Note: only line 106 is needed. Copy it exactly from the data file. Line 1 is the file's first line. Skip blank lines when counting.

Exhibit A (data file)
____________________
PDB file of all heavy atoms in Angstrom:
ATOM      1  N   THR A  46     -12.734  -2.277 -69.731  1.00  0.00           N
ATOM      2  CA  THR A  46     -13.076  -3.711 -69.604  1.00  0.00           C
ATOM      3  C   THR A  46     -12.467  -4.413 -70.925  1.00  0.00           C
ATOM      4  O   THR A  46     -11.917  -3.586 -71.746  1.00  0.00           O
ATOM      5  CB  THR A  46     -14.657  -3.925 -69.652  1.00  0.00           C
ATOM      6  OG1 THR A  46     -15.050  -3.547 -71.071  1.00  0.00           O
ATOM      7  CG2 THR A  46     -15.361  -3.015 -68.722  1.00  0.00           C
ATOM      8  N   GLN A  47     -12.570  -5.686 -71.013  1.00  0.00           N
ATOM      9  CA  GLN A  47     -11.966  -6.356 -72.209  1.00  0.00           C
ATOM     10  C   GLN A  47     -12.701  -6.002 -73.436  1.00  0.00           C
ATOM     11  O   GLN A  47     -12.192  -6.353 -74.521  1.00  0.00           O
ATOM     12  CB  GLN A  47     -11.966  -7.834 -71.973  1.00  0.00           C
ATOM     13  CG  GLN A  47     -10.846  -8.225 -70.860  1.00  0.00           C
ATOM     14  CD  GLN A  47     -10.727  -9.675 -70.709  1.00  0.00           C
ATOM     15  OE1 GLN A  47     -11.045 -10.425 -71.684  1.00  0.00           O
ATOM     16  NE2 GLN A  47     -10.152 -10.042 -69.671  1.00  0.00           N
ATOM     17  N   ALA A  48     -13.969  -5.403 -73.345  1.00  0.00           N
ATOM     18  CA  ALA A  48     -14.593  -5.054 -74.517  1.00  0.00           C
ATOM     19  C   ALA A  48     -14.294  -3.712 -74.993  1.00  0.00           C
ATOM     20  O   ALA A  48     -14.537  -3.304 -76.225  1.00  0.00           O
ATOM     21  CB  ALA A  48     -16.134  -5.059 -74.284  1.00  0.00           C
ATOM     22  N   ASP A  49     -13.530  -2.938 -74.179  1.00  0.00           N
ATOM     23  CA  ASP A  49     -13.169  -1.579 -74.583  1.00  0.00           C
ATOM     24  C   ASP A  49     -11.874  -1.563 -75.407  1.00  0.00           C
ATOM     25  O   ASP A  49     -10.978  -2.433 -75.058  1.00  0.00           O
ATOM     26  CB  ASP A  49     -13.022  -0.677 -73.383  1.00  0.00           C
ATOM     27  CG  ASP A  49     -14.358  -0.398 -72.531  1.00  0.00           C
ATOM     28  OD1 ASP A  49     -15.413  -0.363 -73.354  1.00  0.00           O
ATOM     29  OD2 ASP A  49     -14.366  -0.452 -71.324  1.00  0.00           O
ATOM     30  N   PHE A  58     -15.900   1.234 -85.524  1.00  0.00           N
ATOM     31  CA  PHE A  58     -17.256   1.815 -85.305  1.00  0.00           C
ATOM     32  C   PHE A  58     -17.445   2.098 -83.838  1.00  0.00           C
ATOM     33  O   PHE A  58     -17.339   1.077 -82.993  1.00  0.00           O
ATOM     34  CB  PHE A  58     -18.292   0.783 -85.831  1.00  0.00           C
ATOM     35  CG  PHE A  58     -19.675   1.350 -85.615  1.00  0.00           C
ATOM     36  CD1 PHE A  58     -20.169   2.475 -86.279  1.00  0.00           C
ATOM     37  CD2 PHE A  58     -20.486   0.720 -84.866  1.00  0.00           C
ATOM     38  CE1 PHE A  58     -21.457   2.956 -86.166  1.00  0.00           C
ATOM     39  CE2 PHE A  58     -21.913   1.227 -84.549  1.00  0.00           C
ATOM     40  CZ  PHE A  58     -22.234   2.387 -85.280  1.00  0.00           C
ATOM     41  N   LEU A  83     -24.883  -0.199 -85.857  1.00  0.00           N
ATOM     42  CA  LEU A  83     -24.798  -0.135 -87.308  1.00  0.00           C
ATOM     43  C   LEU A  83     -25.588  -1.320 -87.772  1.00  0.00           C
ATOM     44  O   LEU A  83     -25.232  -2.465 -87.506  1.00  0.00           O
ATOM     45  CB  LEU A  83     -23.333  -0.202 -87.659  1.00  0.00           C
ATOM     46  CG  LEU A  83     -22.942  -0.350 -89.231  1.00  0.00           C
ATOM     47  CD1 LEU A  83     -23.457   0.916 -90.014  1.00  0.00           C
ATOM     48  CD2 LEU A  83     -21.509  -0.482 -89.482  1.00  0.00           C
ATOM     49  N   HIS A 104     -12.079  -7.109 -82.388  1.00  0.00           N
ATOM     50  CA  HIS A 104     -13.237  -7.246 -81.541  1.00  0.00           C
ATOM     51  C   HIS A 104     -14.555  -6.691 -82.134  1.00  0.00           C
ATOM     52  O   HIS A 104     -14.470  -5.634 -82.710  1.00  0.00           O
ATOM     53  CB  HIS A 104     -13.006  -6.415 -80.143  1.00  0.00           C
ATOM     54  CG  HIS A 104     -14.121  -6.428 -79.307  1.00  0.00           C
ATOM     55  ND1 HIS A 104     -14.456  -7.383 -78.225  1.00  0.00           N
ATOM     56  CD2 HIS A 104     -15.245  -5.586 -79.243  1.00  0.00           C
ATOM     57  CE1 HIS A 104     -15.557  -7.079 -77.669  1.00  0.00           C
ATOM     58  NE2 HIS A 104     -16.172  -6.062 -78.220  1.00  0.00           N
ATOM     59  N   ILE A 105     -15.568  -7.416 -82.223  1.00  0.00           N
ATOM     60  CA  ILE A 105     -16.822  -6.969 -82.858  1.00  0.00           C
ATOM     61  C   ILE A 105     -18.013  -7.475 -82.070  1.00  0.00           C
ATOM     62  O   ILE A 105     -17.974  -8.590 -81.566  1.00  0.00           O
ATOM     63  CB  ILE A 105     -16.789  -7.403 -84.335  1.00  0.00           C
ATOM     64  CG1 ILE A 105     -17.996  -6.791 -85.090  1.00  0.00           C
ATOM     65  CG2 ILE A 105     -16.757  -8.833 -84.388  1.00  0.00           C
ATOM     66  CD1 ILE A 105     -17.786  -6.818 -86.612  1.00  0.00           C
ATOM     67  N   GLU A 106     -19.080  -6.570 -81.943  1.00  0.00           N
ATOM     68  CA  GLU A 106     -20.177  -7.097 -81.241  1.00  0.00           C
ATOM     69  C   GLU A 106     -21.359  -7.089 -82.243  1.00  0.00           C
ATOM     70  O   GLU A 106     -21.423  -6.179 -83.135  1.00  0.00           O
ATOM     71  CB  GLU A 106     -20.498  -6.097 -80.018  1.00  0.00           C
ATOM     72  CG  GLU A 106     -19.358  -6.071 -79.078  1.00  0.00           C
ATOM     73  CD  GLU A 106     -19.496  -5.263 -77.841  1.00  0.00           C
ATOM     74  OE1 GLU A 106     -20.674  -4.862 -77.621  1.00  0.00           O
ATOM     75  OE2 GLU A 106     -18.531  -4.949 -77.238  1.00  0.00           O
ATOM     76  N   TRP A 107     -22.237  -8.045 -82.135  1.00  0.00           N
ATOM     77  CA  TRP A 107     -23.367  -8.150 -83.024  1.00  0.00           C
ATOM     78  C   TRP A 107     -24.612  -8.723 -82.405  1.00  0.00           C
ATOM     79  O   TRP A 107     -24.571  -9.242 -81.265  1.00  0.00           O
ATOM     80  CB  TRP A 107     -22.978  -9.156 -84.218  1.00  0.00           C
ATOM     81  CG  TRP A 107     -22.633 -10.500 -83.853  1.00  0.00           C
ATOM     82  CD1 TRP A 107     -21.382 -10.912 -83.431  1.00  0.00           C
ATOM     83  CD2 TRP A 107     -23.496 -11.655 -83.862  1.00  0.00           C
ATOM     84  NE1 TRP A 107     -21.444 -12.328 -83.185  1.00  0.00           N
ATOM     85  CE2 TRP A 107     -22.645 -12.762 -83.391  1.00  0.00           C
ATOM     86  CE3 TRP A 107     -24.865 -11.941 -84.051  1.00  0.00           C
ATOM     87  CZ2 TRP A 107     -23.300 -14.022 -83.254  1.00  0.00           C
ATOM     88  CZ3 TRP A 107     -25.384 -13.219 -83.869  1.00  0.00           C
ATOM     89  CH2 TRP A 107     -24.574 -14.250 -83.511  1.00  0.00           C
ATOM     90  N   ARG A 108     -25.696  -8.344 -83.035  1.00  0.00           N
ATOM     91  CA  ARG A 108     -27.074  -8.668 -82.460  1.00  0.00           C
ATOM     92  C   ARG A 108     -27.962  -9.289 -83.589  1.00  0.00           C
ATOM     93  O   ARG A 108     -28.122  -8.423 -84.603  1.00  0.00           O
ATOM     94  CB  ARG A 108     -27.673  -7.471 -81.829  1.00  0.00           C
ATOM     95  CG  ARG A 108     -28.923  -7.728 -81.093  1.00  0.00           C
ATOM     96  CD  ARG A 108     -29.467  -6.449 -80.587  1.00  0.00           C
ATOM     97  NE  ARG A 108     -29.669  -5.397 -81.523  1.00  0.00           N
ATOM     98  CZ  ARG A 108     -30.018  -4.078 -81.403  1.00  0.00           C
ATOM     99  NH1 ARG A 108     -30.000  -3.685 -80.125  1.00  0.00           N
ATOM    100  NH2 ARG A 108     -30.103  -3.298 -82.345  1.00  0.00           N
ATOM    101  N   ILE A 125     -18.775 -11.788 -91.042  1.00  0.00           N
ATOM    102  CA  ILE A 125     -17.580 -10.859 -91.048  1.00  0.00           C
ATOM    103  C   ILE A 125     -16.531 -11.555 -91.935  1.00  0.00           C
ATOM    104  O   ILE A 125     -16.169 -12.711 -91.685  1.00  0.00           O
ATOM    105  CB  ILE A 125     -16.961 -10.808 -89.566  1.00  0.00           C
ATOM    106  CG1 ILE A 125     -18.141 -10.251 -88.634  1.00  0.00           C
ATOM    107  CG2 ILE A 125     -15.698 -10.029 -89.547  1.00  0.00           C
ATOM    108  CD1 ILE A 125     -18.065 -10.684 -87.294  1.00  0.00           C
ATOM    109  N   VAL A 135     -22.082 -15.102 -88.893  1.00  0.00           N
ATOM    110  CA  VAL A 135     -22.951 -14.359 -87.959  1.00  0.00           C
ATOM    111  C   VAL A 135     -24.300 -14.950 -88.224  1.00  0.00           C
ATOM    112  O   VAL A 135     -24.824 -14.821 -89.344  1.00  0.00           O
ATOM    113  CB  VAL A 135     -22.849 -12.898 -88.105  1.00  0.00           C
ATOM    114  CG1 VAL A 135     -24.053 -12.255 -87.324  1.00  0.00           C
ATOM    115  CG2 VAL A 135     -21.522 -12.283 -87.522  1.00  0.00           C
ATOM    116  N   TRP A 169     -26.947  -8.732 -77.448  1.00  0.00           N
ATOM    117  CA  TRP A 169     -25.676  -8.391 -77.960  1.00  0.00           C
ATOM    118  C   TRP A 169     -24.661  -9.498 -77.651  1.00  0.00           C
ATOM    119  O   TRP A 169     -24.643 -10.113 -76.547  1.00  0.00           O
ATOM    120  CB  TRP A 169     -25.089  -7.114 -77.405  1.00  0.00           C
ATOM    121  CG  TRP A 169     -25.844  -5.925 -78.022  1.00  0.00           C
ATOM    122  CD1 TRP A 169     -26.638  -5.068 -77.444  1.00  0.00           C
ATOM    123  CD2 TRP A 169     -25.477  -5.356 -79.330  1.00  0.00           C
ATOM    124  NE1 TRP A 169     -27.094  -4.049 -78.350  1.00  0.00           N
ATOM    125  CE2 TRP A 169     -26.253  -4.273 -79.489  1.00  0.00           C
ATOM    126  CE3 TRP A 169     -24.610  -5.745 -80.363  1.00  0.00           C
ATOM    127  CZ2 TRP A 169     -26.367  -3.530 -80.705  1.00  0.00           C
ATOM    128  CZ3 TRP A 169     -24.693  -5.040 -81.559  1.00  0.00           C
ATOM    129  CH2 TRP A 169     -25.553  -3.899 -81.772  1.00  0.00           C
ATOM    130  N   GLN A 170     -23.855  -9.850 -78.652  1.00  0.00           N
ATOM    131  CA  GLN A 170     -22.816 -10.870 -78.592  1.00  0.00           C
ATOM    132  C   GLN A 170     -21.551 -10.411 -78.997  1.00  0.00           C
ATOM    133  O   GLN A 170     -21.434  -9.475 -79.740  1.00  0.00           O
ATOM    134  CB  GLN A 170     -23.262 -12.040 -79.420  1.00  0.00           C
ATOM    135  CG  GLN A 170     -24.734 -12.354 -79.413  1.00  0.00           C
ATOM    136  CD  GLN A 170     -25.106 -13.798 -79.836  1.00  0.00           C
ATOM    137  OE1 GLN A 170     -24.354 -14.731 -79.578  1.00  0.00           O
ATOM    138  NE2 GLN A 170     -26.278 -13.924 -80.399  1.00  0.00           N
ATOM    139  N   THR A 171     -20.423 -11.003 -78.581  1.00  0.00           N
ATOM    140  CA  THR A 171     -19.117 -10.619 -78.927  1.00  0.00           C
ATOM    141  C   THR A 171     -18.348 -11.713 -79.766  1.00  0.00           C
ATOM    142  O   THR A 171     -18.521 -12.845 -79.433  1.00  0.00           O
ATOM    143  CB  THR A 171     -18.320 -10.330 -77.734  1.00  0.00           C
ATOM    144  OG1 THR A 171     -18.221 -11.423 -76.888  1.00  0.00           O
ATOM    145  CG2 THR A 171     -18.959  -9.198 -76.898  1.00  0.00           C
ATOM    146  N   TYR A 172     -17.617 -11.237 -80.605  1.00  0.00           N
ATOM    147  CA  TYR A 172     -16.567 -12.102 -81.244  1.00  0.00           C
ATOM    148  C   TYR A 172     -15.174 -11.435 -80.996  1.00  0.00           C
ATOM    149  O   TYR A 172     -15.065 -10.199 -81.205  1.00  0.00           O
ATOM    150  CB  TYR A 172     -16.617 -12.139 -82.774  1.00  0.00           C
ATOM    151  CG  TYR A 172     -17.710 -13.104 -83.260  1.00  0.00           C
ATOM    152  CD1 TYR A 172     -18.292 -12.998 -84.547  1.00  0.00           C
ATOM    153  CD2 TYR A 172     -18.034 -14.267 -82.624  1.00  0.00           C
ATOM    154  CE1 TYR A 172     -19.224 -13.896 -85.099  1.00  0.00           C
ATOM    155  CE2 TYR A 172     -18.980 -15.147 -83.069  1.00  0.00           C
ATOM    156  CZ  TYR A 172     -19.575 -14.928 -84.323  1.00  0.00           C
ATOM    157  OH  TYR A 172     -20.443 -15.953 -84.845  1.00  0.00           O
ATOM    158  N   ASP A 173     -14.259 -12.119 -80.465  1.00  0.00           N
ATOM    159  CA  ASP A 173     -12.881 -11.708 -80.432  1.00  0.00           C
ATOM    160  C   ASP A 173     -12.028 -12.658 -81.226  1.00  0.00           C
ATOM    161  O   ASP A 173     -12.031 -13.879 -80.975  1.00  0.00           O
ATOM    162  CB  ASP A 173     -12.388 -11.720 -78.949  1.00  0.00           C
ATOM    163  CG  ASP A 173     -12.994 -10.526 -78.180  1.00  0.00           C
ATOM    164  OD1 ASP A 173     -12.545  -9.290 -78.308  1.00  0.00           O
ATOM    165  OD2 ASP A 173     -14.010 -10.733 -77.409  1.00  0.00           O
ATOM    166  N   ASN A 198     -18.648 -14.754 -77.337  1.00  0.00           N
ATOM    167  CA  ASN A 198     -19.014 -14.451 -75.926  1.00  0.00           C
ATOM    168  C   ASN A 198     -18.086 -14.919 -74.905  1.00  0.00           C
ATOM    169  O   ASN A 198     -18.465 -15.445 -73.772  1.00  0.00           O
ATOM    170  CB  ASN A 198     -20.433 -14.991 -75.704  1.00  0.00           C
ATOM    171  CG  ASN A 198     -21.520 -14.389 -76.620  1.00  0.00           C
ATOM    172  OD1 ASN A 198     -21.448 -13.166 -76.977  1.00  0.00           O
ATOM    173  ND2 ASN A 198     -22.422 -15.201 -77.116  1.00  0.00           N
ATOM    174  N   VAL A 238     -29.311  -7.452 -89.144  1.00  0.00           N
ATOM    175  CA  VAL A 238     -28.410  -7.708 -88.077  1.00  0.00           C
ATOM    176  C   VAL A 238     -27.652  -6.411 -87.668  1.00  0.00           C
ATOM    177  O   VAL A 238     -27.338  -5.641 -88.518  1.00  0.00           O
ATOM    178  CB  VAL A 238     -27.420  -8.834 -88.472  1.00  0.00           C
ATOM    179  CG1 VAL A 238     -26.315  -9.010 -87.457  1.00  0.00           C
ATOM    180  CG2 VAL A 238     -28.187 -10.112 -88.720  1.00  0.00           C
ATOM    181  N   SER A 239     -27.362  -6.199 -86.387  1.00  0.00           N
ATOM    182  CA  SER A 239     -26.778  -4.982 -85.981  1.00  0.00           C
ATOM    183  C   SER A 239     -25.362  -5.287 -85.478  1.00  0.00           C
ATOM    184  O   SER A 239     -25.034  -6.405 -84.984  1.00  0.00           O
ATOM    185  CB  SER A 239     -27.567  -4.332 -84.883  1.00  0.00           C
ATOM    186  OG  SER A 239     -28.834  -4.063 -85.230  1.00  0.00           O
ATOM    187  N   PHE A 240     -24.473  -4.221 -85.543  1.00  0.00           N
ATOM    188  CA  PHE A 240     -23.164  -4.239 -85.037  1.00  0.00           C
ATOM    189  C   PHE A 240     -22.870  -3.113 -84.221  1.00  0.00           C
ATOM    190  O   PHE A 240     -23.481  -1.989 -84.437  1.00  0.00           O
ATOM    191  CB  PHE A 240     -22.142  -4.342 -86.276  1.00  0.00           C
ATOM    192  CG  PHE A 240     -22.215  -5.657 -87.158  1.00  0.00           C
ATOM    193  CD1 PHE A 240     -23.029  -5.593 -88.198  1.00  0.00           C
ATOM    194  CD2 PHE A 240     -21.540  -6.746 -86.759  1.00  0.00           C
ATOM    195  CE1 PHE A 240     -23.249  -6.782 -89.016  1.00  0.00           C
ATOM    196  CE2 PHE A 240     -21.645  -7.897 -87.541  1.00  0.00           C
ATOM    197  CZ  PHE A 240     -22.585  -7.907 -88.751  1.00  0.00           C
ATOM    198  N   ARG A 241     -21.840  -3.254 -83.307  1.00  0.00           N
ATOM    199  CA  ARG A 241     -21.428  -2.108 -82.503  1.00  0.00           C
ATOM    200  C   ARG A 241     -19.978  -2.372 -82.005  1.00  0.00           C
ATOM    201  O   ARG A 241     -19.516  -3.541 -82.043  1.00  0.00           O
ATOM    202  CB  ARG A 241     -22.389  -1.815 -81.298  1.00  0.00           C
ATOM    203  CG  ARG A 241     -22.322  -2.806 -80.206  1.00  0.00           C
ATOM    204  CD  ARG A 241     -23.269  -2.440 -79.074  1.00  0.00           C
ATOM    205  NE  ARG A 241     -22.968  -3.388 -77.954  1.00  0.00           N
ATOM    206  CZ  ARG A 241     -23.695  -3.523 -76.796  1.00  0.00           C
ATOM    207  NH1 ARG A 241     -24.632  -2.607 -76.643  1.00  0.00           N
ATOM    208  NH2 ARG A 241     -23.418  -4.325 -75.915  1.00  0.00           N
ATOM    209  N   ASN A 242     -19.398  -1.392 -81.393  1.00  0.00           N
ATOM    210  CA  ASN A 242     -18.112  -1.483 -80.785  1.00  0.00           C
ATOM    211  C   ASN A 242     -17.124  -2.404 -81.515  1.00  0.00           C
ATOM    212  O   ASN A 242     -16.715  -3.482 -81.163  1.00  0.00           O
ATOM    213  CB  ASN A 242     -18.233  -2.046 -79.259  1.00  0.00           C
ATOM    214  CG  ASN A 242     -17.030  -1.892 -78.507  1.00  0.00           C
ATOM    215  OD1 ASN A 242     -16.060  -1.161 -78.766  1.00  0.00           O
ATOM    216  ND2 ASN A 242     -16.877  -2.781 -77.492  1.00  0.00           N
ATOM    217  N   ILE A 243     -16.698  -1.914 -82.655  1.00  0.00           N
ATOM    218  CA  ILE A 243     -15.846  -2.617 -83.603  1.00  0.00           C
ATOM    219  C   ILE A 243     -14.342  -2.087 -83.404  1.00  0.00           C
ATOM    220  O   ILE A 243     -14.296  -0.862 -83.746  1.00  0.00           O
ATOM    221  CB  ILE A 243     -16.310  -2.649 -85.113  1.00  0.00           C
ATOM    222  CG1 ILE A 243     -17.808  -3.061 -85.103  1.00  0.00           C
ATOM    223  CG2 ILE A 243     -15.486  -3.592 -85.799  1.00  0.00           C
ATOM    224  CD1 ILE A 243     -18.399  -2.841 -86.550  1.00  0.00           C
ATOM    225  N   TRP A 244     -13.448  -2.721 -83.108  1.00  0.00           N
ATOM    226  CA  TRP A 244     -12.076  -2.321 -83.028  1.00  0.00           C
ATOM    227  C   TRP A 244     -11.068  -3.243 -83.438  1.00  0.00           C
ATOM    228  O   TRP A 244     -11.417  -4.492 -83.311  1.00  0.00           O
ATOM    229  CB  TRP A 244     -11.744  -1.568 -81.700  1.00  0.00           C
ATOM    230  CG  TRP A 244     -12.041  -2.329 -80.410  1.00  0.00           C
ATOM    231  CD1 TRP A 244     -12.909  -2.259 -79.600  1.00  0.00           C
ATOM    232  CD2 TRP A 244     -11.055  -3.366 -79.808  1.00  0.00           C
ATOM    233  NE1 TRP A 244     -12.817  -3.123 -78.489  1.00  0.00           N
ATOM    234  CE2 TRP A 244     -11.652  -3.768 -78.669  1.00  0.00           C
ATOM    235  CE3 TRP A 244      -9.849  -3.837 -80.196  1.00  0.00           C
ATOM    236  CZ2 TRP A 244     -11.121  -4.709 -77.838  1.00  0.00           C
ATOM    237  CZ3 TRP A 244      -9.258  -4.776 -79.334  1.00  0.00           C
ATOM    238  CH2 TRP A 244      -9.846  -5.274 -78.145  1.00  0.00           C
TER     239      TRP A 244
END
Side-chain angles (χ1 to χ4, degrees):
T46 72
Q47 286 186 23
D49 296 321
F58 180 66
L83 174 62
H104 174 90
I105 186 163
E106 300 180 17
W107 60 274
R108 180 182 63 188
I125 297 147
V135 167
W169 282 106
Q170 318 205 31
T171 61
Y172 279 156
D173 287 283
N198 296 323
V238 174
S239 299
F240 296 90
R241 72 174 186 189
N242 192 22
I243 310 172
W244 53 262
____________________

ATOM    105  CB  ILE A 125     -16.961 -10.808 -89.566  1.00  0.00           C